Travels in Africa. Park, Denham, Clapperton, Lander, and Others

The vast continent of Africa, measuring 5000 miles in length, and about 4700 in its greatest breadth, and the area of which is calculated at 12,000,000 square miles, or nearly one-fourth of the entire land area of the globe, has presented greater obstacles to human enterprise than any other equal portion of the earth's surface. The peculiar physical condition of Africa has operated as one cause of her isolation from the rest of the world. The other portions of our earth situated under the tropics consist generally either of sea, or of narrow peninsular tracts of land, the clusters of islands blown upon the sea-breeze. Africa, on the other hand, presents scarcely one gulf or sea-break in its vast outline. A consequence of this compact geographical shape of a continent, the greater part of which is within the torrid zone, is its subjection, throughout its entire extent, to the unmitigated influence of the sun's heat. All that is noxious in climate we are accustomed to associate with Africa. Here stretching out into a boundless desert, where for days the traveler toils amid burning sands under a stifling sky - there covered with dense and swampy jungle, breathing out pestilence, and teeming with all the repulsive forms of animal life, the African continent seems to defy the encroachments of European civilization. And although, probably, our ideas of these African horrors will be modified by more accurate knowledge, enough seems ascertained to prove that the lying open of interior Africa to the general flood of human influence will be among the last achievements of the exploring spirit of our race.

Notwithstanding the difficulties which lie in the way, Africa has at all times been an object of curiosity and interest to the inhabitants of the civilized parts of the earth; and scientific zeal, the desire of extending traffic, and even the mere thirst for adventure, have prompted many expeditions for the purpose of exploring its coast and making discoveries in its interior. The ancients appear to have acquired much knowledge of Africa, which was afterwards lost, and had to be reacquired by the moderns for themselves. The African coasts of the Mediterranean and the Red Sea were not only familiar to the ancient geographers, but were inhabited by populations which performed a conspicuous part in the general affairs of the world, and ranked high in the scale of civilization - the Egyptians, Carthaginians, etc. Nor, if we may believe the evidence which exists in favor of the accounts of the circumnavigation of Africa by ancient navigators, were the ether coasts of the continent - those, namely, which were washed by the Atlantic and the Indian Ocean - unvisited by northern ships. Regarding the interior of Africa, too, the knowledge possessed by the ancients, although very meagre in itself, was nearly as definite as that possessed by their modern descendants, until within a comparatively recent period. As far as the northern borders of the Great Desert, their own personal observation might be said to extend; and respecting the wandering tribes of black and savage people living farther to the south, they had received many vague notices. The Nile being one of the best known rivers of the ancient world, its origin and course were matters of great interest, and the African geography of the ancients, in general, may be said to consist of speculations respecting this extraordinary river. The first mention made of the other great African river, the Niger, is by Ptolemy, who lived seventy years after Christ. Ptolemy believed that this river discharged itself ultimately into the Nile; others, however, did not admit this conclusion, and acknowledged that the real course of the Niger was a mystery.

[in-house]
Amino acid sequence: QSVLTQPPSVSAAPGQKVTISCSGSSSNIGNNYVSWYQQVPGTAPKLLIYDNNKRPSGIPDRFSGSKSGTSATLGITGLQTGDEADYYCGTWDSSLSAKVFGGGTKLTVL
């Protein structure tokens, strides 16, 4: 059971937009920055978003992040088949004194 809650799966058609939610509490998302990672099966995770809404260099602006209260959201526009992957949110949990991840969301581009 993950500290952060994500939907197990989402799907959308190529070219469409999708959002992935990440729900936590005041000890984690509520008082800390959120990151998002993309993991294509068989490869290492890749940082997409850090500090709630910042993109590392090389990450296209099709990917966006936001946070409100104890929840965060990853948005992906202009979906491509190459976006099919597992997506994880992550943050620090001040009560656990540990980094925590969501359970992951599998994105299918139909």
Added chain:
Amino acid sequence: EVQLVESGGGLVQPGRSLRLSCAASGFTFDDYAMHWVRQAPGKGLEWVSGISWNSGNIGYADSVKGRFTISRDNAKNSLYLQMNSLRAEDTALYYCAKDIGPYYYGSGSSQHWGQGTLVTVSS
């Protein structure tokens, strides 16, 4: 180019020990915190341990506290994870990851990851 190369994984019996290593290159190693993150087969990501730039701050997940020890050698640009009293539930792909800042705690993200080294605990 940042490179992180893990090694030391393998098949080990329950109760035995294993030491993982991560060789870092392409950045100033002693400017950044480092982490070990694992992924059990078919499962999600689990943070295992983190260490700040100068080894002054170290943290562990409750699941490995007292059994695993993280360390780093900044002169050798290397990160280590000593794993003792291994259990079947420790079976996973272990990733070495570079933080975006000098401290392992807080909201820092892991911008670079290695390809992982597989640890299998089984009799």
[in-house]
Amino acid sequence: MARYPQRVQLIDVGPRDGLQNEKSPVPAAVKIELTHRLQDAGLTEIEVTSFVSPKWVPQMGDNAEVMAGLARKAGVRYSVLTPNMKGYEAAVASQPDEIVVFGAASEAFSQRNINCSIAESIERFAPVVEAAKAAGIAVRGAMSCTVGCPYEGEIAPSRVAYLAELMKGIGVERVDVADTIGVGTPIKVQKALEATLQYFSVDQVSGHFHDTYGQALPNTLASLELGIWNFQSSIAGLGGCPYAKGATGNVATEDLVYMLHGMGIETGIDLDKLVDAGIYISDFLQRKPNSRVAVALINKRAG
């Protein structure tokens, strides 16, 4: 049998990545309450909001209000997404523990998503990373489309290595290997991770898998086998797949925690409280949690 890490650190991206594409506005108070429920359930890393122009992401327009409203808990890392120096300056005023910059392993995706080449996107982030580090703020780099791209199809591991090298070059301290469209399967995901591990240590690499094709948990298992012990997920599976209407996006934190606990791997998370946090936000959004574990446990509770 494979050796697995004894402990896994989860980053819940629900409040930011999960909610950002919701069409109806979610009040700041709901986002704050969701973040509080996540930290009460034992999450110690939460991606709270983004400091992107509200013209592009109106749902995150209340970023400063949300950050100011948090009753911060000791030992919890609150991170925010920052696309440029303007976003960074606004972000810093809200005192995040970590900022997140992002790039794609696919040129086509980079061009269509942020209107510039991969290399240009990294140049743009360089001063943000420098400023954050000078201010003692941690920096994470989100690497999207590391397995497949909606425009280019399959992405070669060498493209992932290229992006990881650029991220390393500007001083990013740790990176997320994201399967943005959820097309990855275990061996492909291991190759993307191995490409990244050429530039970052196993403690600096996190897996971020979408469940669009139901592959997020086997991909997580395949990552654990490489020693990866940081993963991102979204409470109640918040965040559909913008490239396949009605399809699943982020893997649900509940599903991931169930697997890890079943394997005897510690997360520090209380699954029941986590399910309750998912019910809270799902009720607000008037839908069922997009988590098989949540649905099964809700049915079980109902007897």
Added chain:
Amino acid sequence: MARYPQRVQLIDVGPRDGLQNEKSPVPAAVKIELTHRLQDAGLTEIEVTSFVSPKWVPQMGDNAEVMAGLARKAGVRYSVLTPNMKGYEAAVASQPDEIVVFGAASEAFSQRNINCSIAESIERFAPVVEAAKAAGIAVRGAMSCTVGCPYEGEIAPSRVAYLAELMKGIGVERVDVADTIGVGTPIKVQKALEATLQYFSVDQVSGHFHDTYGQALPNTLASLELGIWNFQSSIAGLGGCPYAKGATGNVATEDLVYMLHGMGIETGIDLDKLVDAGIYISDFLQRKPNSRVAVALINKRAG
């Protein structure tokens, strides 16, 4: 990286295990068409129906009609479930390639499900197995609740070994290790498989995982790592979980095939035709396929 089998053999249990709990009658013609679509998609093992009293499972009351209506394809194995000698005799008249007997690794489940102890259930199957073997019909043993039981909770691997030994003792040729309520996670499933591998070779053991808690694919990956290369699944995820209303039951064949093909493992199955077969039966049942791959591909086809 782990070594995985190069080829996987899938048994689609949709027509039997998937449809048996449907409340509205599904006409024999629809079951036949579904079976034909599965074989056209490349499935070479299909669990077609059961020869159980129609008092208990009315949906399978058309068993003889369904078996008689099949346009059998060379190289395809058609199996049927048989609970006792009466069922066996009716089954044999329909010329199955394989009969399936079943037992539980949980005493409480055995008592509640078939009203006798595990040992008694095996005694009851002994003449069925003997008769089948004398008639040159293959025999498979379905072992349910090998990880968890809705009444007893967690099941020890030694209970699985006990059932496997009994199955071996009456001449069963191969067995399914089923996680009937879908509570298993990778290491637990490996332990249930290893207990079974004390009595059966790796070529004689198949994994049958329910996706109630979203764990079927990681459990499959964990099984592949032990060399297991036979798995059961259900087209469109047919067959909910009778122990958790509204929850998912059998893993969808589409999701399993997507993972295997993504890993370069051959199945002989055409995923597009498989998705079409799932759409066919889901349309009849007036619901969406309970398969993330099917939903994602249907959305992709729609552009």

Such are some of the more prominent points in the ancient geography of Africa. How wild and inaccurate must have been the notion entertained respecting the shape and total extent of the African continent, may be judged from the fact, that one geographer describes it as an irregular figure of four sides, the south side running nearly parallel to the equator, but considerably to the north of it! Others, again, held forth the fearful picture of Central Africa as a vast burning plain, in which no green thing grew, and into which no living being could penetrate; and this hypothesis of an uninhabitable torrid zone became at length the generally received one.

The invasion of Africa by the Arab races in the seventh century, wrought a great change in the condition of the northern half of that continent. Founding powerful states along the Mediterranean coasts, these enterprising Mohammedans, or Moors, as they were called, were able, by means of the camel, to effect a passage across the Desert which had baffled the ancients, and to hold intercourse with the negroes who lived on its southern border along the banks of the Niger and the shores of Lake Tchad. In some of the negro states the Arabs obtained a preponderance, and with others they carried on an influential and lucrative commerce. The consequence was a mixture of Moorish and negro blood among the inhabitants of the countries of Central Africa bordering on the Great Desert, as well as a general diffusion of certain scraps of the Mohammedan religion among the negro tribes. Hence it is that, in the innermost recesses of interior Africa at the present day, we find the negroes partly professing Paganism, partly Mohammedanism, but all practicing ceremonies and superstitions in which we observe the Pagan spirit with a slight Mohammedan tincture.